Internet and the environment
Luís Ángel Fernández Hermana - @luisangelfh
24 July, 2016
Fecha de publicación original: 23 abril, 1996
Date of publication: 23/04/1996. Editorial 016.
From Little Acorns, Mighty Oaks Do Grow
The fields of cyberspace are built on forests that can remain standing. Although we are still a long way from having a gadget which enables us to read information in any situation and with the flexibility required, the fact is bits carry in their genetic code the possibility of leaving trees standing just where they are. Of course we will still need paper, but not in the vast quantities in which it is consumed at the moment. Without the introduction of bits and if present trends continue, the demand for wood pulp is bound to increase considerably in the near future. In principle, systems of information distribution via the networks will be able to ameliorate this situation, in an increasingly more literate world that satisfies its thirst for information and knowledge fundamentally through its use of paper.
Recent crises in the cost of paper point in one inevitable direction: the price of paper will continue to rise. And this cost already represents, on average, more than 20% of the expense of the written media. This ever-upward spiral is due to many different factors. But a few of them are of particular interest when considering the polarisation which is taking place between information broadcast via atoms or alternatively by way of bits. Every day, the number of people worldwide who can read increases. Developing countries correctly associate the distribution of information with a rise in their populations’ cultural standards, essential for facing the challenges demanded by world markets. In rich countries, much the same is happening, both in terms of quantity as in density. Information on paper is being distributed via a vast range of publications which specialise in a huge array of subjects. The rise in the consumption of paper is therefore guaranteed on this front for many years to come, with the consequent effect on raw materials – the world’s forests.
And this is where a vision of the future begins to take shape, one where the information society will be faced with a decision. On the one hand, there is not enough wood to satisfy demand. The forestry industry is basically in the hands of the rich countries’ own paper companies; an industrial relationship which may change in the next few years with the appearance of new centres of production in other, less well-developed countries. But the cutting down of trees for paper production and the industrial process of manufacturing it, both raise environmental issues which are notorious and have predictable consequences. It wouldn’t be surprising if in the near future the following scenario emerged – the environmental effect of deforestation and the difficulty of maintaining the rate of reforestation at the level required by the demand for paper will make its price surpass limits acceptable to the media companies. Also public opinion might “punish” the over-use of printed paper and its inevitable environmental consequences.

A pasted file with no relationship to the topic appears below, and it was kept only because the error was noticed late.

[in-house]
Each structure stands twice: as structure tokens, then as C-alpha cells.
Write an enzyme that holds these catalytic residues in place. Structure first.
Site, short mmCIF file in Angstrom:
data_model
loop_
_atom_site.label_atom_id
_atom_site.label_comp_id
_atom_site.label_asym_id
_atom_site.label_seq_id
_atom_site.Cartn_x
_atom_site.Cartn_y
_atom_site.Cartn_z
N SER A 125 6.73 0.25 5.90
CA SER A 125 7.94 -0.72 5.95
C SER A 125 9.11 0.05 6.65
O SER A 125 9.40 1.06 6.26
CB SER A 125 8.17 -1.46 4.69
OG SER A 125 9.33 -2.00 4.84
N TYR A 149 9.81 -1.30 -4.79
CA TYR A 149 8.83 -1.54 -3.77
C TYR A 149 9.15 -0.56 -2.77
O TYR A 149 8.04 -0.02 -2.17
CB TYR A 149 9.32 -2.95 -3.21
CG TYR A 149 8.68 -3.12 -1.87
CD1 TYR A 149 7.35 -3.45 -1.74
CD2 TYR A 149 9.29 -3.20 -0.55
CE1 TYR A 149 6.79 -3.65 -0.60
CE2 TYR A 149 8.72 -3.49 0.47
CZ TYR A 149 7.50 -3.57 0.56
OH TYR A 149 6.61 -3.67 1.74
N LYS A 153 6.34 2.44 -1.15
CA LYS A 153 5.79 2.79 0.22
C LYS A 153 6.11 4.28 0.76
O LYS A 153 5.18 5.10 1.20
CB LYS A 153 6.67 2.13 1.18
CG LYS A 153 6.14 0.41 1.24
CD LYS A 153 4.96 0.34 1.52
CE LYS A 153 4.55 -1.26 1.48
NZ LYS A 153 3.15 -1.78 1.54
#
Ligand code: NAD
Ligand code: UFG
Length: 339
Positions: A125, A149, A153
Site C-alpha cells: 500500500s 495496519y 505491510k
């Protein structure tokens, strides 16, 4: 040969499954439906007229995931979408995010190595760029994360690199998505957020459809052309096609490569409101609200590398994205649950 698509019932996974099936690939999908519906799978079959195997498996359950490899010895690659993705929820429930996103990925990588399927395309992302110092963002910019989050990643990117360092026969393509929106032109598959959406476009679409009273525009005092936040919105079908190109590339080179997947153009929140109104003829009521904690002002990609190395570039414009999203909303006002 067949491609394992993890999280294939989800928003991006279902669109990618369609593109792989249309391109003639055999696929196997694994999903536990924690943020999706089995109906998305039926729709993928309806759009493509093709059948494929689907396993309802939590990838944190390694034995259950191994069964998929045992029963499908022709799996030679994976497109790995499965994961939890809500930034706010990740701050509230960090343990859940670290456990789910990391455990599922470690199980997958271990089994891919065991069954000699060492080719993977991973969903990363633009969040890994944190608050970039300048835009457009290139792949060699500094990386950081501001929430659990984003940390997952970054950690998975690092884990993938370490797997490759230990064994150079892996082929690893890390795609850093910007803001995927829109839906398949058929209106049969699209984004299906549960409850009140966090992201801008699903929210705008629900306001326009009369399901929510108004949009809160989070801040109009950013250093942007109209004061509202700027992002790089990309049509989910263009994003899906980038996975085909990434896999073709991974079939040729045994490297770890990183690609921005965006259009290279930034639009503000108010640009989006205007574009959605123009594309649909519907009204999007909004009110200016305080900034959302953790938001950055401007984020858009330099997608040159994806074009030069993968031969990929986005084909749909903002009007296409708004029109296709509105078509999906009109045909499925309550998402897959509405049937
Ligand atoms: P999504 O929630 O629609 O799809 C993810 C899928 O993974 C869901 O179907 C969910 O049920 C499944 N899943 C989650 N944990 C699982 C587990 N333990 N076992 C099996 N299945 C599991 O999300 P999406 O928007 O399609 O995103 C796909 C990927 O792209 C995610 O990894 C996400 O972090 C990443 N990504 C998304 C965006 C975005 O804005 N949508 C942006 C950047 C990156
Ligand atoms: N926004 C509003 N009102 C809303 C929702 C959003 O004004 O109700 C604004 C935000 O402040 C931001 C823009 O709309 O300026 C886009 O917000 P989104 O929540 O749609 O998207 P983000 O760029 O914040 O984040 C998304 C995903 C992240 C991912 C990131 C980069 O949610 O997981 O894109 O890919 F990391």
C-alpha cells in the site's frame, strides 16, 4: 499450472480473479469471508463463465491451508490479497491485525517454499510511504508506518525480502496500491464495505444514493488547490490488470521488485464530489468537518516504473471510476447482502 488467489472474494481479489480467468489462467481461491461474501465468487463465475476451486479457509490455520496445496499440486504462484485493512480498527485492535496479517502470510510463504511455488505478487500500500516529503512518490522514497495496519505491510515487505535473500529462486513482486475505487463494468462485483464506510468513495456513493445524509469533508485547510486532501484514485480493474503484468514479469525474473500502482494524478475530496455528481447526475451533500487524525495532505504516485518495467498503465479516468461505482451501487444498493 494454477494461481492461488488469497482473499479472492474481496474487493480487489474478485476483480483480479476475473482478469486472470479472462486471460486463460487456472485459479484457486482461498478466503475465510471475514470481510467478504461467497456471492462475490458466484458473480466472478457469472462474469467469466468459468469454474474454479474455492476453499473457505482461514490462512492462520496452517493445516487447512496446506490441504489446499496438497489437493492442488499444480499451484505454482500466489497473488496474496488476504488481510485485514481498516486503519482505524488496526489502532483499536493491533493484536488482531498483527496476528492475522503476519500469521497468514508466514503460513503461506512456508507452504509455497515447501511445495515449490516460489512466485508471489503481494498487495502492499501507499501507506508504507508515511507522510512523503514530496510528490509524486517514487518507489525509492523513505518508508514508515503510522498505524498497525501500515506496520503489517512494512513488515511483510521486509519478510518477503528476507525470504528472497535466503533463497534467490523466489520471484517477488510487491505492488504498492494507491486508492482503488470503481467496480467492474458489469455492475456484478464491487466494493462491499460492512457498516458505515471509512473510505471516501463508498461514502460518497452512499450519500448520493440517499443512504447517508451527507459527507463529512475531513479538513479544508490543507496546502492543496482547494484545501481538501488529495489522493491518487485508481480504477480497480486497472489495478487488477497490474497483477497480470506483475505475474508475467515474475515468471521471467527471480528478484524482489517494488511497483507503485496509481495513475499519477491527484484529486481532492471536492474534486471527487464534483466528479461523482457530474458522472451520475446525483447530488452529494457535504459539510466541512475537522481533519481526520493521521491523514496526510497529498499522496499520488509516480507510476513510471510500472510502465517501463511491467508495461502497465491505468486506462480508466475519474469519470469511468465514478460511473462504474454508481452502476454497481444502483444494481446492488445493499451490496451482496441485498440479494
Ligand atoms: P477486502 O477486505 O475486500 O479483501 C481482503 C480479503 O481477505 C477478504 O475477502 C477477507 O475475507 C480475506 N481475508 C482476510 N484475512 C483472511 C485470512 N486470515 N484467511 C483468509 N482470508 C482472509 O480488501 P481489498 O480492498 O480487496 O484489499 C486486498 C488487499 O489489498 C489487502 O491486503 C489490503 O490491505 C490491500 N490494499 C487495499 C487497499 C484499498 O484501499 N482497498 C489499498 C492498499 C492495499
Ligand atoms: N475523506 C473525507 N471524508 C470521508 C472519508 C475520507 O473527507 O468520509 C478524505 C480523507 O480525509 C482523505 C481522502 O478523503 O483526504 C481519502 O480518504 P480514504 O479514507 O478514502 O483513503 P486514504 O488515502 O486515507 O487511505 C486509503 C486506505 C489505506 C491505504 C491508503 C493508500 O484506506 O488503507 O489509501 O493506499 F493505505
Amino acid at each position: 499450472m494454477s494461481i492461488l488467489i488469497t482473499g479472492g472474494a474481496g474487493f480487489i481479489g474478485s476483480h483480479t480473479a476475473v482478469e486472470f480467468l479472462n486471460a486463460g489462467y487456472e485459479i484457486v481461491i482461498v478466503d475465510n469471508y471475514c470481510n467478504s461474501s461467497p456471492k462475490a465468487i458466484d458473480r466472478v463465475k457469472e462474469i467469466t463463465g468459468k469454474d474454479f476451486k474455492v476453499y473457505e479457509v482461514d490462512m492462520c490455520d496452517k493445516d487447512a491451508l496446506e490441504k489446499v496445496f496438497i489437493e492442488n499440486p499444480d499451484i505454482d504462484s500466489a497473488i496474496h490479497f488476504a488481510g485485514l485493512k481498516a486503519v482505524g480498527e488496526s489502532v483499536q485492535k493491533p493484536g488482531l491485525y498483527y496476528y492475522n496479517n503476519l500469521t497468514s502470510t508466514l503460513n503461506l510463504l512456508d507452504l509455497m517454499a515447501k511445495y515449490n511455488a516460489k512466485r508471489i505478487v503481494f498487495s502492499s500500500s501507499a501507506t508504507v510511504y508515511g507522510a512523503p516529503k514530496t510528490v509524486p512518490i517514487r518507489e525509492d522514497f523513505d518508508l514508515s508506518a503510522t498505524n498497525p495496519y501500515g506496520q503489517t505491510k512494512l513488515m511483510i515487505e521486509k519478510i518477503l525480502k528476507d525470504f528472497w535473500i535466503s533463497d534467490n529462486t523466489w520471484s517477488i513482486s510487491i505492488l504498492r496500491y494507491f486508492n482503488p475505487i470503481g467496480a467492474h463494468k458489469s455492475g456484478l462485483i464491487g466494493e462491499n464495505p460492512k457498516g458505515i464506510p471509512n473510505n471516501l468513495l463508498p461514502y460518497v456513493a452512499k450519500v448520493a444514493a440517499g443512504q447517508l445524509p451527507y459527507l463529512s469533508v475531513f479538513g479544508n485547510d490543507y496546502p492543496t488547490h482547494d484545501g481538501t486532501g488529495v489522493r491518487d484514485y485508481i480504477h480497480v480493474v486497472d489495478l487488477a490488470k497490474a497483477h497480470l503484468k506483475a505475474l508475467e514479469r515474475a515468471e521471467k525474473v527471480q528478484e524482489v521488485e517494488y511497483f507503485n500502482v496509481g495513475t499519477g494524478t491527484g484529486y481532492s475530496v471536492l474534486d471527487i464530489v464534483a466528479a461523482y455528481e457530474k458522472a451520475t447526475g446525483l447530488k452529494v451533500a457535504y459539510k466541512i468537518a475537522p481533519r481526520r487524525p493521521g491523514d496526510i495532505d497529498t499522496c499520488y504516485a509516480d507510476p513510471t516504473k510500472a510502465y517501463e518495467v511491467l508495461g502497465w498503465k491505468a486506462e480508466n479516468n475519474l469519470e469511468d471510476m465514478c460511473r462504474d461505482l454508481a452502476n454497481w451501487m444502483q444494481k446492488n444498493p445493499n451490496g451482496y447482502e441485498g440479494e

Deforestation and industrial pollution will become thorny issues in the coming century as society sees itself forced to pay the price of climate change and global pollution. Under these circumstances, part of this bill could lead to a general withdrawal by the public from media that distribute information through an increasingly rare and expensive means –paper– linked directly as it is to environmental problems.
Once this crossroads has been reached, the shape of the future slips into the land of speculation and fortune-telling. But we cannot ignore the competition which electronic communications systems distributing information in an increasingly cheap way through the networks will represent, using equipment which will be both user- and environmentally-friendly. Meanwhile, newspapers printed on paper will tend to go up in price, be forced to cut down on the number of pages produced and will have no other choice than to offer a much more selective and sanitised information service than they offer at present. Their privileged professional experience will be concentrated on feeding the public with what they have so often promised and so rarely come up with – a diet based on the analysis and interpretation of daily news events. In other words, they will become luxury consumer items.
The question is whether they will reach this change in time and restructure their products in a way which will interact successfully with those which have already moved to the forefront on the Internet. The media of the atomic age are right, of course, when they defend the viability of a paper supply for many years to come. But this supply will not reach us in the same quantity and quality as it does now. And, if this is the case, the question does not lie in knowing whether paper will last for ever, but rather in whether companies which have been built on the cutting down of trees can survive when the chainsaws are silenced. Environmental factors may leave many of them abandoned by the wayside.
Translation: Bridget King.